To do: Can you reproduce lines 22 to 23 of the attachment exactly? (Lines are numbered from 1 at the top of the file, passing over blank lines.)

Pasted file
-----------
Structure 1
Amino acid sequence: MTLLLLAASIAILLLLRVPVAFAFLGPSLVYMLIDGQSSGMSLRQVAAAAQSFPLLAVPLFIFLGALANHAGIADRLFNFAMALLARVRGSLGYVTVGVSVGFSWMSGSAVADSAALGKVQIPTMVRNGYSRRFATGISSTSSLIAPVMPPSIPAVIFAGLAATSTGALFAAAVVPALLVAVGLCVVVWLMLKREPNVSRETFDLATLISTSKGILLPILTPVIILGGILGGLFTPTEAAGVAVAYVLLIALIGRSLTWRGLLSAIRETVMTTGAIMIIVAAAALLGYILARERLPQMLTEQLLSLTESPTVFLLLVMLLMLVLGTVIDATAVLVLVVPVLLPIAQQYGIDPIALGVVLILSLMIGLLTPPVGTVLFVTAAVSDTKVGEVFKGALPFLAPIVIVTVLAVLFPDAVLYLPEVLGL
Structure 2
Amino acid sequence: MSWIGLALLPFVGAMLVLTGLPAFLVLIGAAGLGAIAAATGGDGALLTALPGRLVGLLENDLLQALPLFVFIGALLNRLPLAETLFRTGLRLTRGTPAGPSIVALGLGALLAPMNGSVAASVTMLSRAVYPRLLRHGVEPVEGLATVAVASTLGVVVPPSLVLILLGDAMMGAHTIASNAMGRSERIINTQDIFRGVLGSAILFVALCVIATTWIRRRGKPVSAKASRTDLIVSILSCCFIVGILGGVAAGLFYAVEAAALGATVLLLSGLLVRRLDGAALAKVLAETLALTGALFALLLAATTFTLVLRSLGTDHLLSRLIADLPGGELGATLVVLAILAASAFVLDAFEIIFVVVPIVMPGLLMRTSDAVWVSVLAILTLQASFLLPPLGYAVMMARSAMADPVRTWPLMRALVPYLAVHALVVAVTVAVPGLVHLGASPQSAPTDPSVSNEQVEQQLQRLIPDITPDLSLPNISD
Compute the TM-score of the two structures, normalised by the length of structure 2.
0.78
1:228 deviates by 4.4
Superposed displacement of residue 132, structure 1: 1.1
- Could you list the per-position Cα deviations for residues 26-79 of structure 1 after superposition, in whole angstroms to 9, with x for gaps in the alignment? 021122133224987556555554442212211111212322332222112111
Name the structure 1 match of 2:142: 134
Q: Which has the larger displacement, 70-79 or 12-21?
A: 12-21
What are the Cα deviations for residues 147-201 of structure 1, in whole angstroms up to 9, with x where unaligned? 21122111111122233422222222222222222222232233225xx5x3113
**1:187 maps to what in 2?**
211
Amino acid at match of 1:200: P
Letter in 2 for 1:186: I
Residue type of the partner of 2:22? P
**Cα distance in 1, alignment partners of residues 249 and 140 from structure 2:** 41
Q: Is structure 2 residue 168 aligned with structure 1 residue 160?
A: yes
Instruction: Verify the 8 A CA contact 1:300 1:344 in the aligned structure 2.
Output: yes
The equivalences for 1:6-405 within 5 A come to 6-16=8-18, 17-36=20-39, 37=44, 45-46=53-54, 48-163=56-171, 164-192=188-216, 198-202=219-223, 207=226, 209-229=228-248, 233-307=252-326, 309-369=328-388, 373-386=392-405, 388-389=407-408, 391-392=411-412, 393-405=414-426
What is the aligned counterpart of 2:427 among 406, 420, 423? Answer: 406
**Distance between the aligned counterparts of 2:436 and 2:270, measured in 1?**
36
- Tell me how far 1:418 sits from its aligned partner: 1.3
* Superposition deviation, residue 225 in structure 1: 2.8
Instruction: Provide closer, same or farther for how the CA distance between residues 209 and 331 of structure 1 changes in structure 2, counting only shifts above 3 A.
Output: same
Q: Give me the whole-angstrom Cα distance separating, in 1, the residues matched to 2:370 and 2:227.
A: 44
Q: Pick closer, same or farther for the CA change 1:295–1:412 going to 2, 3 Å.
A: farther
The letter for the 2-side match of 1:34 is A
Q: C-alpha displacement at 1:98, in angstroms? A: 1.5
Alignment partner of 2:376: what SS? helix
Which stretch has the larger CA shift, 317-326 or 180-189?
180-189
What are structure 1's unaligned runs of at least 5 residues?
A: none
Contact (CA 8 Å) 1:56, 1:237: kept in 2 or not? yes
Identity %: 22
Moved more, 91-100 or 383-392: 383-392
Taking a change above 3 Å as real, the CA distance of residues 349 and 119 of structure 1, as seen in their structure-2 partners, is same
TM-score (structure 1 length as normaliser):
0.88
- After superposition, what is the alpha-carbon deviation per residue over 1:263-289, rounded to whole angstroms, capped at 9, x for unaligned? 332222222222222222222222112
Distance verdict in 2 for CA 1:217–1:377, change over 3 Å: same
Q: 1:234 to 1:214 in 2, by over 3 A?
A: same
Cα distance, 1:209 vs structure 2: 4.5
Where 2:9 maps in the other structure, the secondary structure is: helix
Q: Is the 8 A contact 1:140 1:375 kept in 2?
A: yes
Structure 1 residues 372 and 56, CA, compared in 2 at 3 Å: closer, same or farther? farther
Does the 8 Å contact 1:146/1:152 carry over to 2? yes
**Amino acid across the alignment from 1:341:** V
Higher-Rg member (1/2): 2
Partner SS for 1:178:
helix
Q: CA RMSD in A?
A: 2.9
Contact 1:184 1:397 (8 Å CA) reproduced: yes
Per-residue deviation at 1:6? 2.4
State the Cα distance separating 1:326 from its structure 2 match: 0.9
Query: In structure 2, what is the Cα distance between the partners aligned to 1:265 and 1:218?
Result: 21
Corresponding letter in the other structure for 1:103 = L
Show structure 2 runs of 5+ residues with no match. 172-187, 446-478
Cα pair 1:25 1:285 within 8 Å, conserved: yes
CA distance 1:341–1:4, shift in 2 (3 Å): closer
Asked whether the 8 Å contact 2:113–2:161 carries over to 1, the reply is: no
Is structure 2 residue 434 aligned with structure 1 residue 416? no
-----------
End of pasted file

Instruction: Verify the 8 A CA contact 1:300 1:344 in the aligned structure 2.
Output: yes